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Shu Ha Ri: The Stages of Learning to Mastery

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Recently I attended a presentation by Alistair Cockburn. He is one of the initiators of the agile movement in software development and one of the 17 authors of the Agile Manifesto. During his presentation he introduced the Japanese martial arts concept of Shuhari and it’s applicability to the learning process in general and the mastery of development processes in particular.

The Stages of Learning to Mastery

People learn skills in a 3-stage progression: Shu / Ha / Ri

1Shu 2Ha 3Ri

Shu: Follow

Learn a technique

Ha: Break away

Collect techniques

Ri: Fluent

Blend techniques

From Agile Software Development first edition, 2001:

People who are learning and mastering new skills pass through three quite different stages of behavior: following, detaching, and fluent.

People in the following stage look for one procedure that works. Even if ten procedures could work, they can’t learn ten at once. They need one to learn first, one that works. They copy it; they learn it. In this stage, practitioners measure success by (a) whether the procedure works and (b) how well they can carry out the procedure.

In the detaching, or Level 2, stage, people locate the limitations of the single procedure and look for rules about when the procedure breaks down. They are actually in the first stage of a new learning; namely, learning the limits of the procedure. The person in the detaching stage learns to adapt the procedure to varying circumstances. She is now more interested in learning the ten alternative procedures, in learning when each is most applicable and when each breaks down.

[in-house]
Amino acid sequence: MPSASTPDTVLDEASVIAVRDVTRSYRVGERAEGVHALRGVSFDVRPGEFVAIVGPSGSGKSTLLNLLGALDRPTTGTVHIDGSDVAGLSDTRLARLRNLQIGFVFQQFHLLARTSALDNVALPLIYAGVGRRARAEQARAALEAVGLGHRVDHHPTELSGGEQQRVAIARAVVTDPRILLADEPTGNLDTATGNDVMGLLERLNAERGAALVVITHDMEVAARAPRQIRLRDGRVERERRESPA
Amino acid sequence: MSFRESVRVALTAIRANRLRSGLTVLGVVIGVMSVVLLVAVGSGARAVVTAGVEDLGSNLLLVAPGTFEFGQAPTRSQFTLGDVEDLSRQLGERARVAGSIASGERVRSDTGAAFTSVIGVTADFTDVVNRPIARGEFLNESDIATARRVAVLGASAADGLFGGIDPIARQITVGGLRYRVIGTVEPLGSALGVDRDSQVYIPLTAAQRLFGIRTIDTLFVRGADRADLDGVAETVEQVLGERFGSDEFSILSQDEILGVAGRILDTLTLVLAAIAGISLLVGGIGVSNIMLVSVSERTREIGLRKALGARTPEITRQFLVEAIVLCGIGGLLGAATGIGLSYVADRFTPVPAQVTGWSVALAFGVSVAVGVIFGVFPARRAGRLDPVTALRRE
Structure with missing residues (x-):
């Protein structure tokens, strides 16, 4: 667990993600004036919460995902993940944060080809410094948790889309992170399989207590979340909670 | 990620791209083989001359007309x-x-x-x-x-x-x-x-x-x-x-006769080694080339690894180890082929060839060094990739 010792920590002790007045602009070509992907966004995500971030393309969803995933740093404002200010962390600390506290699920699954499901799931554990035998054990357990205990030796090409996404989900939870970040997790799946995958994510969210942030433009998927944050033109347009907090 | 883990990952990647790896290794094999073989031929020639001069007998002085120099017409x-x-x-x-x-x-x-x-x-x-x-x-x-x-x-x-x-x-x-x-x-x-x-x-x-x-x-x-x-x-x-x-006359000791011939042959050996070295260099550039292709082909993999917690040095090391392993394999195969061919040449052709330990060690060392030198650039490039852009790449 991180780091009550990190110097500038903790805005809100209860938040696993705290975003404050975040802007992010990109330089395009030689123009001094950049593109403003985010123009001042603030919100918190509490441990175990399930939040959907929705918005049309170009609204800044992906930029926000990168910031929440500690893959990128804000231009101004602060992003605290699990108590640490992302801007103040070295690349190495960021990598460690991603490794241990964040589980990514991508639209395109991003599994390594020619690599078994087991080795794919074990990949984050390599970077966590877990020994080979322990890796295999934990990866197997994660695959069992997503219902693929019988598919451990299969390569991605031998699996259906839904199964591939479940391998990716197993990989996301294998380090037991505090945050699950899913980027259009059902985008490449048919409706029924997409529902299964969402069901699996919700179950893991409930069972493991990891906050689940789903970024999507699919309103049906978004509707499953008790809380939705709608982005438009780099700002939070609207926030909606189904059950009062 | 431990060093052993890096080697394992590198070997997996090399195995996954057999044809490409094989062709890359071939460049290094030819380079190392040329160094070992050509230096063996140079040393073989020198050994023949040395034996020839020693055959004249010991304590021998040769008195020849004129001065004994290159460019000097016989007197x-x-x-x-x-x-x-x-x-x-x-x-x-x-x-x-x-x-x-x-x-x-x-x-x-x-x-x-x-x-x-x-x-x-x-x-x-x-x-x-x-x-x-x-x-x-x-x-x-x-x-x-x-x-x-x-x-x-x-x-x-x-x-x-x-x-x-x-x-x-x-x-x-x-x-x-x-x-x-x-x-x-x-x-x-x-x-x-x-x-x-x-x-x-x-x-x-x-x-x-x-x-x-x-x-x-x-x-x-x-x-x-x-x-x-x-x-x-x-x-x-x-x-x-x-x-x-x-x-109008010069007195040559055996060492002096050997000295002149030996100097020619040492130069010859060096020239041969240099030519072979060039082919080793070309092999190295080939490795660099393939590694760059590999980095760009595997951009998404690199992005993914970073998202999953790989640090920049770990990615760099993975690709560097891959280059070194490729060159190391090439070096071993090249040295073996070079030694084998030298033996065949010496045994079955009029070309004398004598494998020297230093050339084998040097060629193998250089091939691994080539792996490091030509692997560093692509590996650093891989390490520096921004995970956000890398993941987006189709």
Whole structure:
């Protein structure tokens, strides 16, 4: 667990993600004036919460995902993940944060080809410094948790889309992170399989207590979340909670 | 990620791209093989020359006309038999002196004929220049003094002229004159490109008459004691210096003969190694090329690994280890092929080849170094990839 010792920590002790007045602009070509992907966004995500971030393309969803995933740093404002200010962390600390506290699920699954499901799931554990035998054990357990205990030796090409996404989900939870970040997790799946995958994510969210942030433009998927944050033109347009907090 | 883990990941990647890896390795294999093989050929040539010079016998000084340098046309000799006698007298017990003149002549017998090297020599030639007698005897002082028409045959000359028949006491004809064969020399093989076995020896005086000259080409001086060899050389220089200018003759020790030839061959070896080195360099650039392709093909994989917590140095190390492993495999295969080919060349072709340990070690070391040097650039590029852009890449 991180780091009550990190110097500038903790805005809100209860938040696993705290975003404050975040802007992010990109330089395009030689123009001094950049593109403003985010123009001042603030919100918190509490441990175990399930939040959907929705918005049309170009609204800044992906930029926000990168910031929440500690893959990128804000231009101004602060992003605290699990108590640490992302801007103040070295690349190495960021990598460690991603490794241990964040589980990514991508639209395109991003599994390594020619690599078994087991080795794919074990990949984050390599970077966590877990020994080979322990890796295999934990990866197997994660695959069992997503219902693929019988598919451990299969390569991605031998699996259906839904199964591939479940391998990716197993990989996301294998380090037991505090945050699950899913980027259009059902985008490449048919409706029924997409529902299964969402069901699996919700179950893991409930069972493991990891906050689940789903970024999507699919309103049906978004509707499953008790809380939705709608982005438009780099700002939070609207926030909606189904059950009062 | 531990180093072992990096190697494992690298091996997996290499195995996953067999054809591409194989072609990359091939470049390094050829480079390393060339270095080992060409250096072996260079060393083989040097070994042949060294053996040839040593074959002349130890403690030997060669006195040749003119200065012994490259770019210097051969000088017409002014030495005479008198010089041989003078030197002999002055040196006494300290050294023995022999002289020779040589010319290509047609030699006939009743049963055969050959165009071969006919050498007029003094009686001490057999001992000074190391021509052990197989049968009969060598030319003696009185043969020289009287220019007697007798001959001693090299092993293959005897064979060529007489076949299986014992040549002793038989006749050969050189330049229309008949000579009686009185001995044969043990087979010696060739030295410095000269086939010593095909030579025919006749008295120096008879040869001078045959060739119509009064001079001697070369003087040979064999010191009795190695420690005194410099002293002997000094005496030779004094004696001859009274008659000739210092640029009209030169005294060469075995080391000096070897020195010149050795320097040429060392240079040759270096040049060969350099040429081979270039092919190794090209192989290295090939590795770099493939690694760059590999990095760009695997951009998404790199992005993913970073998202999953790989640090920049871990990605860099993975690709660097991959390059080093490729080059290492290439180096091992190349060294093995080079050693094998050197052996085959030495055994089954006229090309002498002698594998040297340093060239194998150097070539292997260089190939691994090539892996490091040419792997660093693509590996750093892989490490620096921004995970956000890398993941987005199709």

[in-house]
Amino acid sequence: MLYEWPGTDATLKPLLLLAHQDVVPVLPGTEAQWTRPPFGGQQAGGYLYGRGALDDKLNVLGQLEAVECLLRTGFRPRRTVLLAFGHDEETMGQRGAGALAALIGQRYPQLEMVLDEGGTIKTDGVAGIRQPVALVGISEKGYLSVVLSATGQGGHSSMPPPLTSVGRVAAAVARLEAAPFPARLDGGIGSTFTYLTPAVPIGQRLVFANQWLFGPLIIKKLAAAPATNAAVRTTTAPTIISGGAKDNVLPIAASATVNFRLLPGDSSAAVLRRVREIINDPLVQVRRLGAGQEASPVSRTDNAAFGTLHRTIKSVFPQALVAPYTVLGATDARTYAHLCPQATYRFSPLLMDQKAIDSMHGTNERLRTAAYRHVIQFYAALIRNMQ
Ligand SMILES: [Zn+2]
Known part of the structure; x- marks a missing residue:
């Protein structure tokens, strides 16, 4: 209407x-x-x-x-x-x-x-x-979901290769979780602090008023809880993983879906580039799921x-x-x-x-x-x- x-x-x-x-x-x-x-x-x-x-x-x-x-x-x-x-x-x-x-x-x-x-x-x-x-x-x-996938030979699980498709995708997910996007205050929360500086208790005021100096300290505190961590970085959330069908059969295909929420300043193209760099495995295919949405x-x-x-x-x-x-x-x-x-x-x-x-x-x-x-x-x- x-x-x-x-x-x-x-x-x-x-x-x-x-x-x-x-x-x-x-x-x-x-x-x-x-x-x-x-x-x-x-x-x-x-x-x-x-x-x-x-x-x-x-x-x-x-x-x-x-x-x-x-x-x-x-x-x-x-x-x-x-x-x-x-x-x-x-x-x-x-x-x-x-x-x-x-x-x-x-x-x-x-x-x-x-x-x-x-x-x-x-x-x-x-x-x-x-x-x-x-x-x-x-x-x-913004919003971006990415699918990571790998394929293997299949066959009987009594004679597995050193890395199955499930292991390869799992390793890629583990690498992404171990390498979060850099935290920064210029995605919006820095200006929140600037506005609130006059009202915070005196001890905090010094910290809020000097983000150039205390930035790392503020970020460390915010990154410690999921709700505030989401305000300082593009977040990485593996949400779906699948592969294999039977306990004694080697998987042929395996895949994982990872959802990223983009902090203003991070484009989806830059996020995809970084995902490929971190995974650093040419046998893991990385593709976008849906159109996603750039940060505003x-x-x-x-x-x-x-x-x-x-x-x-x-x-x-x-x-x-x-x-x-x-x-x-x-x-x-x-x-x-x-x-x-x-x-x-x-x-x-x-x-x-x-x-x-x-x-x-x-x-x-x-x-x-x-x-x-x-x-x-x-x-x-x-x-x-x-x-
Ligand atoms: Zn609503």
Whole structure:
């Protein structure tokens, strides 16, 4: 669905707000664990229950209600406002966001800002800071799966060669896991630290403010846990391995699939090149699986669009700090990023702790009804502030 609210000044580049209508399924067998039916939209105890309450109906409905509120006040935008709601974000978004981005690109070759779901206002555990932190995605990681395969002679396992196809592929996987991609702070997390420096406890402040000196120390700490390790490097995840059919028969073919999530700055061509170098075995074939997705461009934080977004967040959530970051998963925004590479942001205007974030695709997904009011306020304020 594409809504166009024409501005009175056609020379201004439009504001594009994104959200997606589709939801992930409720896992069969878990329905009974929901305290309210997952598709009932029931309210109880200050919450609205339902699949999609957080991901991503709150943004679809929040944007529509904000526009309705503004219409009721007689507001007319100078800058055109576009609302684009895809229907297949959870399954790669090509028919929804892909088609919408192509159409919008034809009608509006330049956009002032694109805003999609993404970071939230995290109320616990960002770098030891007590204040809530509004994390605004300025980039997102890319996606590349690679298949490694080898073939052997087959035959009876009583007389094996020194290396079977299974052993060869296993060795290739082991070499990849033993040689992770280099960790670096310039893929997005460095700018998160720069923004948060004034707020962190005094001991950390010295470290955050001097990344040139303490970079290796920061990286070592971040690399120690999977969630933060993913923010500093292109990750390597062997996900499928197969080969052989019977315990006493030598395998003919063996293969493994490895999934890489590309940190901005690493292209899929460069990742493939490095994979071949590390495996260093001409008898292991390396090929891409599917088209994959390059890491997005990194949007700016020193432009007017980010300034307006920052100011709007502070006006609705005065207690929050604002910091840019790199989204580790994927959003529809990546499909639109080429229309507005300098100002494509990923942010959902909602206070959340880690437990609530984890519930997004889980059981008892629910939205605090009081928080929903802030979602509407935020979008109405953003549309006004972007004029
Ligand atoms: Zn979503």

In the third, fluent stage, it becomes irrelevant to the practitioner whether she is following any particular technique or not. Her knowledge has become integrated throughout a thousand thoughts and actions. Ask her if she is following a particular procedure, and she is likely to shrug her shoulders: It doesn’t matter to her whether she is following a procedure, improvising around one, or making up a new one. She understands the desired end effect and simply makes her way to that end.

In other words a Shu person knows exactly one technique and will stick to it whether it is appropriate to solve the particular problem or not. Only a few persons will break away and learn other techniques and eventually become Ri persons. A Ri person has developed a large repertoire of techniques and applies the best possible techniques to solve the problem at hand.

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